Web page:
The Link Between Brand Story And Meaning

Patrick HanlonJuly 20, 20226 min

We are born into story. From the moment we dive headfirst into the world we are anointed with a name, then told that we are a son, daughter, sister, cousin, grandchild, here’s your bed, here’s your room, this your house. You are part of a family, home, building, street, camp, neighborhood, town, city, metropolis, state, region, country, homeland, continent, on a planet circling a sun that swirls through a sprawling Universe.

We are given the names of things and told if they are good or bad. We start naming other things to identify them. We categorize and place everything into groups. We build our world until it becomes everything around us, surrounded by everything that is not. We identify things because until they are given a name, they are meaningless. Rosoudeae.

Everything that we know begins with a name, followed by a story. This is not just a rock. It is a particular kind of rock. It is an agate. It is a general name for microcrystalline quartz and moganite mineraloid (thanks for the names, Google). It is a moon rock. It is the rock that David used to kill Goliath. It is the rock of ages. (In 1923, Chicago Tribune newspaper correspondents all over the world were asked to send rocks from the places they were reporting from — the rocks they sent were embedded into the wall of the Chicago Tribune building on Michigan Avenue in Chicago. Today you can see carved stones from the Pyramids, the Great Wall of China, Jerusalem, Mayan temples on your walk to Starbucks. Even stones and walls have a story.)

Parents, teachers and society tell us how to fit into their world, how to become square pegs for their square holes. They smooth out the rough edges and tell us how to fit in, as they paradoxically heap adulations upon those who stand out. We’re told what we’re good at, what we suck at. If you’re lucky, you get a chance to unpack all that baggage and repack it. And still, they are just stories. (We even know stories of people who dropped out and became hugely successful, right?) Life is surrounded by a series of stories that you believe in and that help you to believe in yourself and in the world around you. Stories create personal worlds which are then woven together and become the social fabric.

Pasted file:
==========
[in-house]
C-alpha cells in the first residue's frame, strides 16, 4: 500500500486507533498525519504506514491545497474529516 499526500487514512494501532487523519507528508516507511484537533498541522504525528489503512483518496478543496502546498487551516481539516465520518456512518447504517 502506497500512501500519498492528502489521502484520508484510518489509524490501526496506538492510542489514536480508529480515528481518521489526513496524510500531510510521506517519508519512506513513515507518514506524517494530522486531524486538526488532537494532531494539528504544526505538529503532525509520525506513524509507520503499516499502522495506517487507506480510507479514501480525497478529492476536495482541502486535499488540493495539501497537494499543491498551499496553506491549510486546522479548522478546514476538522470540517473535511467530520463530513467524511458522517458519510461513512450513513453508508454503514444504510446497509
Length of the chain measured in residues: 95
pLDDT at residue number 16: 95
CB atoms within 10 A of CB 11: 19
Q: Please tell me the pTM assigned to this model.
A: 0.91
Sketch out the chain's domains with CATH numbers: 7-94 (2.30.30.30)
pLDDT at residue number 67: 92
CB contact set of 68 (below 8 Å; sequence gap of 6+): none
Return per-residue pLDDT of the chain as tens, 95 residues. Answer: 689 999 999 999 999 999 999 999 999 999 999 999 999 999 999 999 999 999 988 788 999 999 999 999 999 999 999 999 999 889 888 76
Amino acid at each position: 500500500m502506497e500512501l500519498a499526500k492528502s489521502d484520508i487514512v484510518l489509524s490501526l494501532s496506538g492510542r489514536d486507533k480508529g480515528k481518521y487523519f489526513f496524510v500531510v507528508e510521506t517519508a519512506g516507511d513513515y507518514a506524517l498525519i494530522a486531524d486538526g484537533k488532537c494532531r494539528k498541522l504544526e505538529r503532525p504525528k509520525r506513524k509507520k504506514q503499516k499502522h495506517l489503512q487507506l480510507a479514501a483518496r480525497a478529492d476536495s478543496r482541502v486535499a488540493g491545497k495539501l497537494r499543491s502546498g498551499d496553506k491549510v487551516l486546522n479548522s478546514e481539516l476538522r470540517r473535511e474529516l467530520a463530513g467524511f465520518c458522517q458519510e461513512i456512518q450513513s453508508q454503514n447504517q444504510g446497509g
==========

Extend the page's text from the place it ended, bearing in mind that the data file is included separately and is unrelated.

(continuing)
There are the stories others tell us. And the stories we tell ourselves. Which ones weaken us and which ones make us stronger? Helpful or hurtful, they are just stories. If you don’t like the story, you can always stop the story and start a new one. Stories can be told but they can also be ripped apart, torn up and forgotten. Old stories can be replaced by other stories. New stories. I would submit that many of the social and mental health issues that people suffer from, are the result of believing in bad stories. Forget them.

Meaningful stories ping the rational and emotional parts of our brain that belong to millions of years of brain architecture.

Stories help things to make sense, they help us understand our world and our place within it. These stories become believable and are the hinge of a belief system: stories embedded with origin myth, creed, icons, rituals, lexicon, nonbelievers and leadership systematically wrap themselves around us and embrace our human core. They nurture us and we love them for it. If a great story is being told, we can’t get enough of it.

Sometimes people wake up and find themselves participating inside someone else’s story. Our culture teaches us to become job worthy. To get a good job. To apprentice ourselves. At the root of this narrow demanding tunnel, is the demand to attach ourselves to a career, to work — to deliberately and willingly disassociate ourselves from our own story and become a part of someone else’s story. Thing is, even if you have an amazing job at an incredible company, if you work at Ford, you are a part of Henry Ford’s story. You have a great job at Apple? Terrific, but you are filling out Steve Jobs’s story — helping to make his dent in the universe. (Spoiler: You might have created your own dent.)